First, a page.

But then he pitches us into the ‘70s, where a lanky-haired Dr Xavier (James McAvoy) is dealing with addiction, the young Magneto (Michael Fassbender) is awash in his usual megalomania, and Mystique (Jennifer Lawrence) is trying to kill an odious weapons manufacturer (Peter Dinklage), setting in motion events that – unless thwarted – will ultimately lead to the extermination of the mutants. The characterisation is rich, the story is fascinating, and the action set pieces are a joy – though a special mention for Quicksilver’s piece de resistance, which is absolute gold.

Sometimes the film struggles with its attempts to knit its well-worn philosophical investigations to Vietnam and the Nixon era, and like First Class it fails to showcase Lawrence’s incredible talent, before ending in a cacophonous 20-minute yawn of blockbuster redundancy, but for the bulk of its running time it’s both interesting and highly entertaining: second only to X2 in this series as an intelligent, imaginative piece of sci-fi that temporarily abated my intense superhero fatigue.

Ellen Page is gorgeous, isn't she. (3)

See also: My favourite Ellen Page movie is Hard Candy, and my favourite Peter Dinklage film...? There's only one serious contender. I've also reviewed X-Men, X2 and The Last Stand on the blog, albeit somewhat briefly.


The Fortune Cookie (Billy Wilder, 1966) – This flat Billy Wilder comedy begins poorly and never really gets going, as a news cameraman (Jack Lemmon) gets knocked over at an NFL game and his scheming shyster of a brother-in-law (Walter Matthau) smells big bucks − convincing him that a lawsuit could win him his wife back, and filing for $1m of damages.

It's put together rather like Wilder's last great comedy, One, Two, Three, but it simply doesn't work: the material is weak, Matthau lacks the manic energy of someone like Cagney needed to put this over, and Lemmon is at his most "yaddle addle addle" annoying (that's the sound he makes when he's singing to himself).

There are a few clever lines, Judi West's performance as Lemmon's greedy wife isn't bad, and the ending featuring sentimental football star 'Boom Boom' Jackson (Ron Rich) works fairly well, but I just don't find it funny.


Southland Tales (Richard Kelly, 2006) – I have a soft spot for massively ambitious artistic statements crushed by studio beancounters… but Richard Kelly's apocalyptic follow-up to Donnie Darko is basically Plan 9 Part 2. After half an hour I remembered how short life was and switched it off. (1)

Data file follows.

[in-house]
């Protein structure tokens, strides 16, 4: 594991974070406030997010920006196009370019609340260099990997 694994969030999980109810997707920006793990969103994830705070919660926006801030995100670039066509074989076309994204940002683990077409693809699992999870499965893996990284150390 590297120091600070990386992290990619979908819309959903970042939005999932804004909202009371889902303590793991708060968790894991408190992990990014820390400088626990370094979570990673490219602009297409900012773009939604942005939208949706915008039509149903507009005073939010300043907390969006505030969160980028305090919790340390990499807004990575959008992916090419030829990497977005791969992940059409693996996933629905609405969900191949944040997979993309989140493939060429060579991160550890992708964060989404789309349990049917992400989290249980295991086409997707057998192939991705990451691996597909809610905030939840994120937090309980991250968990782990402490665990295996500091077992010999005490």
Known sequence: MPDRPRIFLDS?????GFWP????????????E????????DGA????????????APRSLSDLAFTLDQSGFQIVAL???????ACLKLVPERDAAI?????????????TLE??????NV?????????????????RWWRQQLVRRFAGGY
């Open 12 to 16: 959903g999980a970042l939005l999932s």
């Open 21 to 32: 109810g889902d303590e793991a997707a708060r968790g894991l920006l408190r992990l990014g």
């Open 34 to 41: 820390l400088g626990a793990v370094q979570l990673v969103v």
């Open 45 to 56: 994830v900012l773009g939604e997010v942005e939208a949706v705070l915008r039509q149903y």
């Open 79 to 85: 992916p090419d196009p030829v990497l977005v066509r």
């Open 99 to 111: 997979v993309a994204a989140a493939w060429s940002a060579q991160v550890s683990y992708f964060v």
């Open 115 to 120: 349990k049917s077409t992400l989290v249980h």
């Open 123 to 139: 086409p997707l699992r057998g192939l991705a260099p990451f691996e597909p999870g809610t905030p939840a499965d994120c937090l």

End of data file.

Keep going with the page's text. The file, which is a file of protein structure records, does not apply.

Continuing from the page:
1974 by David Peace (1999) − It must be awful living in David Peace's head. This vitriolic, nasty, uber-violent chronicle of child murders in mid-'70s Yorkshire − and how a local journo gets obliterated by the fallout − is a vivid, visceral portrait of moral bankruptcy and utter alienation. It's altogether unforgettable, but whether that's down to its majestic evocation of a vanished netherworld, its profane poetry or the fact that it's just extremely nihilistic and unpleasant isn't always clear. (3)


Thanks for reading.

Monday, 12 September 2016

Basia Bulat, The Entertainer and a voice you could write a book about − Reviews #241


The Entertainer (Garrick Theatre) − It makes sense that Kenneth Branagh would close his first season at the Garrick with this: a play synonymous with his hero, Laurence Olivier. Branagh is Archie Rice, the unhappy, dissolute and past-it music-hall star Archie Rice, whose fey, innuendo-laced stylings are playing to dwindling audiences in '50s Yorkshire.

John Osbourne's play is very much of its time, but director Rob Ashford does well to mine it for its modern relevancies: patriotism, racism and the pathos of an artform on its last legs, and plays Archie as a slight, sad figure, his bags of charisma obscuring a complete lack of moral character, or really any substance at all. He's fast, erudite and fills a room (if not a concert hall) with his bravado, and his rants are more lost than vitriolic. It's a reading of the character that convinces but doesn't always lend itself to emotional dynamism, and that's problematic in a play that has some serious longueurs. On a more prosaic note, I remember reading years ago that Branagh doesn't work himself up into a teary state, but aims for the same effect through simple acting shorthand, and that synthetic approach leaves me feeling rather detached and cheated.

After a stunningly modern opening that sees a silhouetted Branagh slowly tapdancing with his back to the audience, as he's joined by four young chorus girls, we're largely trapped in a room with his family. The first dialogue scene, with Branagh's daughter (Downton Abbey's Sophie McShera) and his father (Gawn Grainger) goes on forever and has little to offer but vast swathes of unpopulated space and an oppressive mundanity. As Greta Scacchi enters as Archie's wife, Phoebe, and the star breaks off for music hall routines pitched perfectly between the dated and the devilishly good, it does begin to work up some momentum, but the first half never really hits its stride until the final seconds.

Once that happens, it doesn't lose it: suddenly it seems to have a purpose and a theme, the characters crumbling like the edifices of the music halls, their viewpoints complex but apparent, and their relationships shifting like cogs in a rotting machine. I don't rate McShera as an actor, and she speaks increasingly throughout the play with that unbearably false intonation that convinces people they don't like theatre. The other principals are fine though: Grainger's comic timing, sentimentality and irascible detachment are a joy in themselves and lend the climax a real emotional heft, Scacchi is largely terrific as a woman drunk on her own hard-luck stories, and Jonah Hauer-King is tuneful and gently nuanced as Archie's lanky son, Frank.